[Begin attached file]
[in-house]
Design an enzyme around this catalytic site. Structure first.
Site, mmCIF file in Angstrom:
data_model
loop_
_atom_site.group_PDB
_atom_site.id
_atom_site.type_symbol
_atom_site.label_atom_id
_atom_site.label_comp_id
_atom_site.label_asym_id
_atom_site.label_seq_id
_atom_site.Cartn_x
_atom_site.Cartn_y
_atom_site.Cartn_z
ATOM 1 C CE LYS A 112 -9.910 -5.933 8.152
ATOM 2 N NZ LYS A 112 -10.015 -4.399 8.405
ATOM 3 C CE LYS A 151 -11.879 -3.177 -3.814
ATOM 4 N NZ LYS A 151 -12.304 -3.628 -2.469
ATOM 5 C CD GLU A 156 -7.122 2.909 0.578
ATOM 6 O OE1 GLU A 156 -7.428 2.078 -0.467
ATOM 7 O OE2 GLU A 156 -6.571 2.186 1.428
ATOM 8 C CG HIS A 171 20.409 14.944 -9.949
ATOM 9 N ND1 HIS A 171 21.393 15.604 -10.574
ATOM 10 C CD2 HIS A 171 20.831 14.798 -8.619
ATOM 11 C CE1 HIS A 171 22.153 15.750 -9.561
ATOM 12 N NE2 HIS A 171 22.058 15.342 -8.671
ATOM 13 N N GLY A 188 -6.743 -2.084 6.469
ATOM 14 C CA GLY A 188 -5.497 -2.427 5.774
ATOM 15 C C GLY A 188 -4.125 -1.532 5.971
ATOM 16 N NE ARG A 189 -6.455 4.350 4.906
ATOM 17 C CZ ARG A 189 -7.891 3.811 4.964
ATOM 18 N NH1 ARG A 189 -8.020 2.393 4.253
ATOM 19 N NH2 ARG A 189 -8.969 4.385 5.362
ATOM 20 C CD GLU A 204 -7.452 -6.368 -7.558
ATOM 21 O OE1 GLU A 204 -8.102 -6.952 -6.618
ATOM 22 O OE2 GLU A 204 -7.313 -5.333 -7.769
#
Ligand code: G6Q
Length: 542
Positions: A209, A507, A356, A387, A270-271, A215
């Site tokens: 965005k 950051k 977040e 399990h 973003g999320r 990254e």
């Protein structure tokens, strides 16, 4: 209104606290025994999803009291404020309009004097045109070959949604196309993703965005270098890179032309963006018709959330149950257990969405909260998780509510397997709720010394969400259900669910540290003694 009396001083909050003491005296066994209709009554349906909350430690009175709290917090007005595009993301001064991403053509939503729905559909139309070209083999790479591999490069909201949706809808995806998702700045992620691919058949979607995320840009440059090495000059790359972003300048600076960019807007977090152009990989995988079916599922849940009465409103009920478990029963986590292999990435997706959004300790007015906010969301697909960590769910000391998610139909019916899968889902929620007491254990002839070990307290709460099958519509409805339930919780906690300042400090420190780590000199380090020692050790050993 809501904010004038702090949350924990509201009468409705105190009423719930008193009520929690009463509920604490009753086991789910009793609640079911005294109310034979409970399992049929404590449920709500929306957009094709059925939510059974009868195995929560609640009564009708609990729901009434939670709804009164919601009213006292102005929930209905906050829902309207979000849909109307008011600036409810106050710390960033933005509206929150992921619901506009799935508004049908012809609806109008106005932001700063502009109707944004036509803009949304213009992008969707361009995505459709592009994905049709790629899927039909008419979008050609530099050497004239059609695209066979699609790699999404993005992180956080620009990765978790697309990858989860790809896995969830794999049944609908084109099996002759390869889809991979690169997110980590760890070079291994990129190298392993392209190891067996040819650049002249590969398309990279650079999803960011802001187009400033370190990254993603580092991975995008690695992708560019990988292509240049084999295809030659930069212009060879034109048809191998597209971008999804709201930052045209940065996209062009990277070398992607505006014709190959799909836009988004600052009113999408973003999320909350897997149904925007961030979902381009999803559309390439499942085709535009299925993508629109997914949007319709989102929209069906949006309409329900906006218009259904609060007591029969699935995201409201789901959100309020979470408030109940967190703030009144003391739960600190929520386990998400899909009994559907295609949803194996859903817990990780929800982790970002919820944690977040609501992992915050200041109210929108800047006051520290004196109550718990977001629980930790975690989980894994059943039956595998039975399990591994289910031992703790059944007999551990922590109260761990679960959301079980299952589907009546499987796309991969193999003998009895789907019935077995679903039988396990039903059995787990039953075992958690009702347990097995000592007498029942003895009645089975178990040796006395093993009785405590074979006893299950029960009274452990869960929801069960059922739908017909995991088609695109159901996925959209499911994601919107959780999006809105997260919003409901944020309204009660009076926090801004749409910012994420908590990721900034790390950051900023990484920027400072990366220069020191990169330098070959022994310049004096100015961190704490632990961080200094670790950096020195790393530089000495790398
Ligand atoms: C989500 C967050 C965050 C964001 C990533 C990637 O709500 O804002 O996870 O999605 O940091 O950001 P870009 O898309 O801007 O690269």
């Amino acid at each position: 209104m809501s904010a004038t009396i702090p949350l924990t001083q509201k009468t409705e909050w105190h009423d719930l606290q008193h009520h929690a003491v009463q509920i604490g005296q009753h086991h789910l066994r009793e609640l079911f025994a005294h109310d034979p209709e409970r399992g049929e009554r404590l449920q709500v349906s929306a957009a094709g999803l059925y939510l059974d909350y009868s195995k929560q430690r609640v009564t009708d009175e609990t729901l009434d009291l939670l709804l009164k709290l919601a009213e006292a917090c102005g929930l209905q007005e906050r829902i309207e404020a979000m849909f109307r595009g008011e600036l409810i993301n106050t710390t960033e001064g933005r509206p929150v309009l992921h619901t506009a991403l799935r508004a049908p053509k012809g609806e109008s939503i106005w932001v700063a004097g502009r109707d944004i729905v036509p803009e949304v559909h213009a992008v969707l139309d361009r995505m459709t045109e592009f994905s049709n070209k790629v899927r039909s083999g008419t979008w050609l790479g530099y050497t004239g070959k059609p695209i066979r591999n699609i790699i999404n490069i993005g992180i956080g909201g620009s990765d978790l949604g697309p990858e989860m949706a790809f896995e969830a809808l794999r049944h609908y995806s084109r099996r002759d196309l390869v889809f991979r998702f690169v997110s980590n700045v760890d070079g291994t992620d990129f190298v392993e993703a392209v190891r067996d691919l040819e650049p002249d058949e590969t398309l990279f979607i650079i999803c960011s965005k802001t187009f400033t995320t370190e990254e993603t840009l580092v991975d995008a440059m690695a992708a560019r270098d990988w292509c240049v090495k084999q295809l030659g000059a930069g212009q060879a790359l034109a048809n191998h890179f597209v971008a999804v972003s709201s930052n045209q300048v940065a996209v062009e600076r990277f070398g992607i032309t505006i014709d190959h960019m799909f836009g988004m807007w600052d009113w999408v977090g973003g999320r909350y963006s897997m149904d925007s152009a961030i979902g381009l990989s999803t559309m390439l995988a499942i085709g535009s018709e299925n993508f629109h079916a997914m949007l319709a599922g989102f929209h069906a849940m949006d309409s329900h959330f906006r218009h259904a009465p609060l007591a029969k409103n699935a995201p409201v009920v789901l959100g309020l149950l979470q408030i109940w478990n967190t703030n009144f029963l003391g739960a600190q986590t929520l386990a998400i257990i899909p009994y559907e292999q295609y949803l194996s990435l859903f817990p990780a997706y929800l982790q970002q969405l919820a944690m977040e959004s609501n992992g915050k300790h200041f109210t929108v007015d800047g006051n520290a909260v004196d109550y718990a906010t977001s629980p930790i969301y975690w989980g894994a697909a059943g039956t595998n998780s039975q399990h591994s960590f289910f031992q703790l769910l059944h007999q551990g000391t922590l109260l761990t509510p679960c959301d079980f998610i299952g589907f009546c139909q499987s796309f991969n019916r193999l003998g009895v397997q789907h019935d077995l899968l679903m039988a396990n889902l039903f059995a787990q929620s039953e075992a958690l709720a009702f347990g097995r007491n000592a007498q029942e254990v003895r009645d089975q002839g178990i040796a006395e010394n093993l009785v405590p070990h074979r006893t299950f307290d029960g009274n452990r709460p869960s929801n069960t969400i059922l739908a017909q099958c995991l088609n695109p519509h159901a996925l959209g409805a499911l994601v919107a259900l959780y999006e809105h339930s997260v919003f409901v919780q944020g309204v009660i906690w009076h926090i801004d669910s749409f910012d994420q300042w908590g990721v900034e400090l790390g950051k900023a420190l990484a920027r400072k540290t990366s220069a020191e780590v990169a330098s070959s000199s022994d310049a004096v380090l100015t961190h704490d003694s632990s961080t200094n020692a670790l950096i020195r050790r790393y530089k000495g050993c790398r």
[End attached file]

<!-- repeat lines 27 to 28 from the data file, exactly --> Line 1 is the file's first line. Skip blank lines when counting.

ATOM 12 N NE2 HIS A 171 22.058 15.342 -8.671
ATOM 13 N N GLY A 188 -6.743 -2.084 6.469